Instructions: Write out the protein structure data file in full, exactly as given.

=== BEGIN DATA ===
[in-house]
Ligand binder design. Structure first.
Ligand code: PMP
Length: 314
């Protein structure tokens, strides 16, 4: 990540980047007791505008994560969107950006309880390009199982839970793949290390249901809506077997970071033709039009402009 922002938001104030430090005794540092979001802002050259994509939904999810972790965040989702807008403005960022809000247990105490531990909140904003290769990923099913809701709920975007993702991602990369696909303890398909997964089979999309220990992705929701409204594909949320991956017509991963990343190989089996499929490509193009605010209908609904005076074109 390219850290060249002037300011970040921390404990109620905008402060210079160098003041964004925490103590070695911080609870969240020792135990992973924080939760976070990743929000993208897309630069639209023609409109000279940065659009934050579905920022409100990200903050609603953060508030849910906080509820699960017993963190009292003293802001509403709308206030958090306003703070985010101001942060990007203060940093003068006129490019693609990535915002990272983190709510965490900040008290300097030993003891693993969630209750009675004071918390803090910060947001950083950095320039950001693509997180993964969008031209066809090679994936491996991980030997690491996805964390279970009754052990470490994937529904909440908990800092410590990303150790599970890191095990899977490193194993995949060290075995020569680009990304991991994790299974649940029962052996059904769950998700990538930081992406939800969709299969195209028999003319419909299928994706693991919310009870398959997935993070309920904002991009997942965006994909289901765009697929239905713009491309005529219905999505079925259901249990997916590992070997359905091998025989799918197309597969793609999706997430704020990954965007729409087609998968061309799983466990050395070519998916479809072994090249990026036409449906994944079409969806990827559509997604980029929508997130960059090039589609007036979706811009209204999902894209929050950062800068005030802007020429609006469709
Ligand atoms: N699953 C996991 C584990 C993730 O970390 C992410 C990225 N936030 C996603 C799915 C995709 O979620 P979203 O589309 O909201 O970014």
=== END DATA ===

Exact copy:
[in-house]
Ligand binder design. Structure first.
Ligand code: PMP
Length: 314
């Protein structure tokens, strides 16, 4: 990540980047007791505008994560969107950006309880390009199982839970793949290390249901809506077997970071033709039009402009 922002938001104030430090005794540092979001802002050259994509939904999810972790965040989702807008403005960022809000247990105490531990909140904003290769990923099913809701709920975007993702991602990369696909303890398909997964089979999309220990992705929701409204594909949320991956017509991963990343190989089996499929490509193009605010209908609904005076074109 390219850290060249002037300011970040921390404990109620905008402060210079160098003041964004925490103590070695911080609870969240020792135990992973924080939760976070990743929000993208897309630069639209023609409109000279940065659009934050579905920022409100990200903050609603953060508030849910906080509820699960017993963190009292003293802001509403709308206030958090306003703070985010101001942060990007203060940093003068006129490019693609990535915002990272983190709510965490900040008290300097030993003891693993969630209750009675004071918390803090910060947001950083950095320039950001693509997180993964969008031209066809090679994936491996991980030997690491996805964390279970009754052990470490994937529904909440908990800092410590990303150790599970890191095990899977490193194993995949060290075995020569680009990304991991994790299974649940029962052996059904769950998700990538930081992406939800969709299969195209028999003319419909299928994706693991919310009870398959997935993070309920904002991009997942965006994909289901765009697929239905713009491309005529219905999505079925259901249990997916590992070997359905091998025989799918197309597969793609999706997430704020990954965007729409087609998968061309799983466990050395070519998916479809072994090249990026036409449906994944079409969806990827559509997604980029929508997130960059090039589609007036979706811009209204999902894209929050950062800068005030802007020429609006469709
Ligand atoms: N699953 C996991 C584990 C993730 O970390 C992410 C990225 N936030 C996603 C799915 C995709 O979620 P979203 O589309 O909201 O970014």